FARMER PRODUCTION PRACTICES AMONG SMALL-SCALE FLOWER ENTERPRISES IN CENTRAL KENYA
Small-scale farmers in high potential areas of Kenya are shifting to high-value crops especially flower growing as an alternative to subsistence farming. Farming practices are varied among these enterprises under small-scale operators; most farms consist of mixed crop or livestock farming. A survey was conducted on why growers were opting to flower growing in central Kenya. The survey also examined farming practices and constraints to production, with reference to flowers. The study showed that small growers were shifting to flowers due to better product price and because it provides them with a regular monthly income. There were several different management practices including rotation and closed season among others. Sustainable production practices such as crop residue management and cattle/goat or poultry manure use were also identified in the survey. Constraints to flower growing were cited as lack of access to technology inputs. The survey also showed that most growers undertake group farming, outgrowing or contract farming for larger operations. Apparently, smallholders have switched to growing flowers because there are marketing opportunities made available by the establishment of cooperation with small, medium and large scale exporters. Though, smallholders also target local market outlets. These results suggest that smallholder floriculture is an important source for food security and farmers welfare because of the income it generates and could be a good vehicle to rural development. The results could also form a primary tool for evolving management options by enabling identification of point of intervention in value chain for flowers so as to provide a sustainable production strategy for smallholders.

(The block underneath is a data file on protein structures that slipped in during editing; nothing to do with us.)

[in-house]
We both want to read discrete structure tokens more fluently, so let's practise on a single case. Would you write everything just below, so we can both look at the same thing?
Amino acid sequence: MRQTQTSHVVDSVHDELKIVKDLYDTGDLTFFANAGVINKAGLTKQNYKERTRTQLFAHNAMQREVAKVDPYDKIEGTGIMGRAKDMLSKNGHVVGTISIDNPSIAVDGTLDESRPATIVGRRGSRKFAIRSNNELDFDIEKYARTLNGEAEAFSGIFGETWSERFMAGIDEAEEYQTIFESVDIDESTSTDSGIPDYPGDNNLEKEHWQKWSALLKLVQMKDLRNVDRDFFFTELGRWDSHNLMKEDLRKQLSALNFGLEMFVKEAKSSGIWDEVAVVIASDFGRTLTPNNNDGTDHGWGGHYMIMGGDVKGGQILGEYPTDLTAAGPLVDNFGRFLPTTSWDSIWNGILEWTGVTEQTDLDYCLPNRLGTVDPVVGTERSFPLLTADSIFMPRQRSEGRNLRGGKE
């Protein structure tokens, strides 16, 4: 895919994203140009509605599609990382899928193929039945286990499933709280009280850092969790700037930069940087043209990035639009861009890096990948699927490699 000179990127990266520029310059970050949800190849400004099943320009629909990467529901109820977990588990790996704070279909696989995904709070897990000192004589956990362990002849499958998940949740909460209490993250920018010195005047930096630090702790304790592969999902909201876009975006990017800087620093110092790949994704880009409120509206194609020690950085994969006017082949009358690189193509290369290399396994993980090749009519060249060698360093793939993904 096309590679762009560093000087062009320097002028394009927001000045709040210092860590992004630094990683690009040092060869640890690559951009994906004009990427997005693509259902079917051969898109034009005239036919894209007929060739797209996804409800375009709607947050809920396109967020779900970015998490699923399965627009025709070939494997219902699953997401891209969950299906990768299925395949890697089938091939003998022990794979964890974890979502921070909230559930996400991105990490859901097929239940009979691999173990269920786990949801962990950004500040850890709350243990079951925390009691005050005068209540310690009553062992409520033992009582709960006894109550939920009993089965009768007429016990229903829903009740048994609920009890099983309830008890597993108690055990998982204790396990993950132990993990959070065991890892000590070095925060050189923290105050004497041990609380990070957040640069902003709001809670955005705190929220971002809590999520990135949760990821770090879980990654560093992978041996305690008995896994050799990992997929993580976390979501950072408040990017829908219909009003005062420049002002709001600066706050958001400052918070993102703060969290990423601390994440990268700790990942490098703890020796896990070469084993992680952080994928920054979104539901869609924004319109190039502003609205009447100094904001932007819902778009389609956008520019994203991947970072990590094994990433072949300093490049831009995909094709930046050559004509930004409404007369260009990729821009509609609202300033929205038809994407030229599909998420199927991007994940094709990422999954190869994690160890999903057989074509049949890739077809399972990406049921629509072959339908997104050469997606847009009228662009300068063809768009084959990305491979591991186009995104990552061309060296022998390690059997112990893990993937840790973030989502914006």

Watako, A.O., Mundia, C.N. and Odhiambo, P.O. (2011). FARMER PRODUCTION PRACTICES AMONG SMALL-SCALE FLOWER ENTERPRISES IN CENTRAL KENYA. Acta Hortic. 911, 519-524
farming practices, smallholders, flowers, value chain